B.C. Attorney General David Eby. (Photo: THE CANADIAN PRESS/Chad Hipolito)

City governments to get more power over patio approval in B.C.’s COVID-19 reopening plan

Eby noted liquor stores have seen a ‘dramatic increase’ in sales during the pandemic

Attorney General David Eby says the provincial government is fast-tracking work on how to streamline patio approval for restaurants struggling under the pandemic, to provide more space for licensees to use outdoor seating.

To achieve that, the province is handing jurisdiction of most of the approval process over to city governments.

“The provincial government won’t be slowing it down,” he said Wednesday. “We understand every day matters right now.

“Public health advises us that people will be safer outside compared to inside,” Eby noted, “and with limited inside footprint for many restaurants they’re looking at ways of ‘how can we get even close to the numbers we need to stay open if we’re only allowed so many people inside the restaurant?’”

“So allowing people to have additional socially distanced seats outside will help them make the bottom line and it might make the difference between staying open or closing for a restaurant.”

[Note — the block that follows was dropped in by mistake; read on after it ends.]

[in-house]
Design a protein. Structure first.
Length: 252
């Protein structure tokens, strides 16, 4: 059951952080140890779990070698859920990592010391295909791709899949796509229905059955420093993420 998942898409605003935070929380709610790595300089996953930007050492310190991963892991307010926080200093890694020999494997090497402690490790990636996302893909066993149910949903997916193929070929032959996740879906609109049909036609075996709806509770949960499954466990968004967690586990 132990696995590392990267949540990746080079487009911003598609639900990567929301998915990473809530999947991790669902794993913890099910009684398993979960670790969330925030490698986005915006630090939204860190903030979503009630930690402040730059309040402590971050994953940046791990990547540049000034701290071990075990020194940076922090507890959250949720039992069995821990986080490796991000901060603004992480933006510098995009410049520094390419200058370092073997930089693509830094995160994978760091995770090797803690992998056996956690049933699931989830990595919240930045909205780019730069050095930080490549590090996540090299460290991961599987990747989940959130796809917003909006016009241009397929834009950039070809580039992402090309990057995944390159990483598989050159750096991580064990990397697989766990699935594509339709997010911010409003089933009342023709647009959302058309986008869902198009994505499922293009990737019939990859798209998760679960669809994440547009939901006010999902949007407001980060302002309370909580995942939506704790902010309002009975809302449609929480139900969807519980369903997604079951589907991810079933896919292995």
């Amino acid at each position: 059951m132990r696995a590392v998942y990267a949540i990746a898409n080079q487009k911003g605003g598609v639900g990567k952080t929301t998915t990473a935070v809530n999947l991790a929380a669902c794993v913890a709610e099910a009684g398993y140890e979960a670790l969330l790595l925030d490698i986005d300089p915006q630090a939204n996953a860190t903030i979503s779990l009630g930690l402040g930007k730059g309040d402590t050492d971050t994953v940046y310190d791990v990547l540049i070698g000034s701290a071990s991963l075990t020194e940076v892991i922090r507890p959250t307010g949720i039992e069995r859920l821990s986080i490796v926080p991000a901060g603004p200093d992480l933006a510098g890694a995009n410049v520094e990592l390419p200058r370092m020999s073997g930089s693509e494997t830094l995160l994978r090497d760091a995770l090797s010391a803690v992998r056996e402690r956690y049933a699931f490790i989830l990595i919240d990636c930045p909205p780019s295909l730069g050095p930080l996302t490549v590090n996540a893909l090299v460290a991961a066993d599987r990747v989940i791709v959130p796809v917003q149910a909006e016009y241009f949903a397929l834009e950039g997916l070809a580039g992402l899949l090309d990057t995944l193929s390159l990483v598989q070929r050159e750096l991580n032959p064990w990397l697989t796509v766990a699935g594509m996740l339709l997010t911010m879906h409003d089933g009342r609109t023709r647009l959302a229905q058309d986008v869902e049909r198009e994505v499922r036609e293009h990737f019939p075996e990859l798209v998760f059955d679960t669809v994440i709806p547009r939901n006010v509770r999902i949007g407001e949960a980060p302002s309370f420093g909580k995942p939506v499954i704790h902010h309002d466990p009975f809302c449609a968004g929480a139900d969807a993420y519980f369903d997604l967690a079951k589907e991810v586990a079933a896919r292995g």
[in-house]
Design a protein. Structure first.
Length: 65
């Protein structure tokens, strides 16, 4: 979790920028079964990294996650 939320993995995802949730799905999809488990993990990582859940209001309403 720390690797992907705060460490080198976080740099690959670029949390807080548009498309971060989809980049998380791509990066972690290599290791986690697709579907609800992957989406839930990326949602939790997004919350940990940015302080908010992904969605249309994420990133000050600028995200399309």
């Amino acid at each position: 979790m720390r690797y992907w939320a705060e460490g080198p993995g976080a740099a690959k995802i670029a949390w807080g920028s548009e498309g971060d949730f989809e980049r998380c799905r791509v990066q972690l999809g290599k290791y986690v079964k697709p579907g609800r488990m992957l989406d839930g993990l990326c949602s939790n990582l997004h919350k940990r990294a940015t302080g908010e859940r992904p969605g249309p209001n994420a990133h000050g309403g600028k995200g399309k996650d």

Eby spoke Wednesday during a “digital town hall” meeting hosted by the Surrey Board of Trade, through Zoom teleconferencing.

The attorney general, meanwhile, noted that liquor regulation is a “multi-level, incredibly challenging beast to negotiate.”

Before a business can have a patio, he explained, it must have the consent of the civic government that it’s in an appropriate location.

“So if you make it through the municipal hurdle you have to provide your plans to the provincial government as well, an inspector approves the plans for safety and capacity, and then returns those approved plans to you, you build your patio and then and inspector comes and inspects the patio to make sure that it meets what the original plans said, and then the city almost certainly comes and does an inspection as well,” Eby said.

“It’s a long process. And when the weather turns good, there’s a lot of people who say ‘I think I should get a patio for my restaurant’, and they find out it’s going to take about six months to get a patio…our vision is that most of the approval process now will lie in the hands of the municipal government.”

Ian Tostenson, CEO of the BC Restaurant and Foodservices Association, told Black Press Media in an earlier interview that patios will be integral to allowing local restaurants with spacial concerns to reopen with maximum profitability while keeping guests and staff safe.

The association, along with a number of other groups such as the BC Craft Brewers Guild, has penned a letter to all mayors and councillors across the province requesting expedited patio permitting and rezoning.

READ MORE: B.C. restaurants can host dine-in guests again, but what will that look like?

Eby also noted the government has deferred license fees in the casino and liquor sectors that are typically due on June 30.